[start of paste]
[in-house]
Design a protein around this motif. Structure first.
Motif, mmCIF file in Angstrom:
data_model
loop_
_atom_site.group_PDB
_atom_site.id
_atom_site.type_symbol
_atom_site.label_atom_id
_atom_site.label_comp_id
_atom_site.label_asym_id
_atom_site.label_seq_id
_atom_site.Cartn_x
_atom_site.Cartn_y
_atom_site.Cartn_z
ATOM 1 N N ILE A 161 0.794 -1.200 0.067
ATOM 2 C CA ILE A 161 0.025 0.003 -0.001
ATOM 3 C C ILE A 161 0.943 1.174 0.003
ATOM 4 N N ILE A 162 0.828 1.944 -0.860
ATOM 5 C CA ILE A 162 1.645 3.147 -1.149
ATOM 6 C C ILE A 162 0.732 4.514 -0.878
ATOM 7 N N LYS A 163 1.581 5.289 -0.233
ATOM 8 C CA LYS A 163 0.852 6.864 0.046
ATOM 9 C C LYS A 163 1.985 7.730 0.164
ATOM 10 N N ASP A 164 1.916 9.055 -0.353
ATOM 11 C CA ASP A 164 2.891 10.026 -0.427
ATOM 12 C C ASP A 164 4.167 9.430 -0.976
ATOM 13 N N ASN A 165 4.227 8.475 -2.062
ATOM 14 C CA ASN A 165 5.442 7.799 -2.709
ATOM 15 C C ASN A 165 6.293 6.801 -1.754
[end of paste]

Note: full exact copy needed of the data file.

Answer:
[in-house]
Design a protein around this motif. Structure first.
Motif, mmCIF file in Angstrom:
data_model
loop_
_atom_site.group_PDB
_atom_site.id
_atom_site.type_symbol
_atom_site.label_atom_id
_atom_site.label_comp_id
_atom_site.label_asym_id
_atom_site.label_seq_id
_atom_site.Cartn_x
_atom_site.Cartn_y
_atom_site.Cartn_z
ATOM 1 N N ILE A 161 0.794 -1.200 0.067
ATOM 2 C CA ILE A 161 0.025 0.003 -0.001
ATOM 3 C C ILE A 161 0.943 1.174 0.003
ATOM 4 N N ILE A 162 0.828 1.944 -0.860
ATOM 5 C CA ILE A 162 1.645 3.147 -1.149
ATOM 6 C C ILE A 162 0.732 4.514 -0.878
ATOM 7 N N LYS A 163 1.581 5.289 -0.233
ATOM 8 C CA LYS A 163 0.852 6.864 0.046
ATOM 9 C C LYS A 163 1.985 7.730 0.164
ATOM 10 N N ASP A 164 1.916 9.055 -0.353
ATOM 11 C CA ASP A 164 2.891 10.026 -0.427
ATOM 12 C C ASP A 164 4.167 9.430 -0.976
ATOM 13 N N ASN A 165 4.227 8.475 -2.062
ATOM 14 C CA ASN A 165 5.442 7.799 -2.709
ATOM 15 C C ASN A 165 6.293 6.801 -1.754